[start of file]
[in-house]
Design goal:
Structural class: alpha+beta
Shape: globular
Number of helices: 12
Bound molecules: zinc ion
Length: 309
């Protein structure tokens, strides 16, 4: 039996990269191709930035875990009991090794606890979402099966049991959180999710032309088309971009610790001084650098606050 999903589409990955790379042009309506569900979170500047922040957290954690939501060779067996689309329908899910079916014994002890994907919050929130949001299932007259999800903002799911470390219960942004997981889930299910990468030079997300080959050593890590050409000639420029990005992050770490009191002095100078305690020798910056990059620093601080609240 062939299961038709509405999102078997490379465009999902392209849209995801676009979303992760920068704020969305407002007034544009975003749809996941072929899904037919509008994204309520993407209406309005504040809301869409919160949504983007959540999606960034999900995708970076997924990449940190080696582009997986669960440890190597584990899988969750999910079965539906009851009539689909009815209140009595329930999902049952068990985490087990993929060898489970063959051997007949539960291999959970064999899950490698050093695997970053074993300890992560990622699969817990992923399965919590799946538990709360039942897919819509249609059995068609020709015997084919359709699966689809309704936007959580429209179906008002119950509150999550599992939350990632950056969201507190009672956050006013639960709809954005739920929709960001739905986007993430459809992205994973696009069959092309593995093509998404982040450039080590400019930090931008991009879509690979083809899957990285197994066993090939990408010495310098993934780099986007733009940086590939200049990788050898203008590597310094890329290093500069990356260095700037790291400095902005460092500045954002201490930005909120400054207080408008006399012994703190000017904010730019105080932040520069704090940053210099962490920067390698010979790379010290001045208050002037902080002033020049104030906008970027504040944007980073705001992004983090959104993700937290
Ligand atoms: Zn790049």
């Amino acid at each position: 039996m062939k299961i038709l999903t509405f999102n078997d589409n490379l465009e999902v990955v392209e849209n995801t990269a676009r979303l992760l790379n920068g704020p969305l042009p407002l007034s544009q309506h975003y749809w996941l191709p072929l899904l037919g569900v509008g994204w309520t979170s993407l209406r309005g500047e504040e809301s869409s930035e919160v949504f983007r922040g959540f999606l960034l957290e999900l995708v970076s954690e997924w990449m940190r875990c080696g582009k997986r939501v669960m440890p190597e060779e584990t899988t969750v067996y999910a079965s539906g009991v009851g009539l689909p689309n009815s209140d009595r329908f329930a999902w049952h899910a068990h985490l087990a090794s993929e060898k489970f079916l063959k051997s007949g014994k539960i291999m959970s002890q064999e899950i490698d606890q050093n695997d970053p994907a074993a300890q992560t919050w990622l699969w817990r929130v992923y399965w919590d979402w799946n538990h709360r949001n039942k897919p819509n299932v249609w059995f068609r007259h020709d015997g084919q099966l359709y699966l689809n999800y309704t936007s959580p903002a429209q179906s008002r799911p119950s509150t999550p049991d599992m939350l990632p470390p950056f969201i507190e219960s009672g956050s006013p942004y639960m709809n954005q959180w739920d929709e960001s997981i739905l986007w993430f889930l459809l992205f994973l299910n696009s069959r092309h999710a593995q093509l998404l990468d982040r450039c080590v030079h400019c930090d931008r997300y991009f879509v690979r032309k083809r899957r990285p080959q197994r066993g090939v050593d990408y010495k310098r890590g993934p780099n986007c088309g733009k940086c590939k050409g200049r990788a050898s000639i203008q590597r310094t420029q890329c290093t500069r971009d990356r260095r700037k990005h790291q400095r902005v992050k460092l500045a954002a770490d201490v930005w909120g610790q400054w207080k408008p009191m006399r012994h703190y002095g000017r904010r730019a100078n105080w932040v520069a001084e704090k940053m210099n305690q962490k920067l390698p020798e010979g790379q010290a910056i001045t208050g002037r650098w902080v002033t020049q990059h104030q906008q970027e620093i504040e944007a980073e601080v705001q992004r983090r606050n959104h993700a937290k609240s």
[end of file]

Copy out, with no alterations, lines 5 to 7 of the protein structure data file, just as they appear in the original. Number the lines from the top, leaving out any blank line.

Number of helices: 12
Bound molecules: zinc ion
Length: 309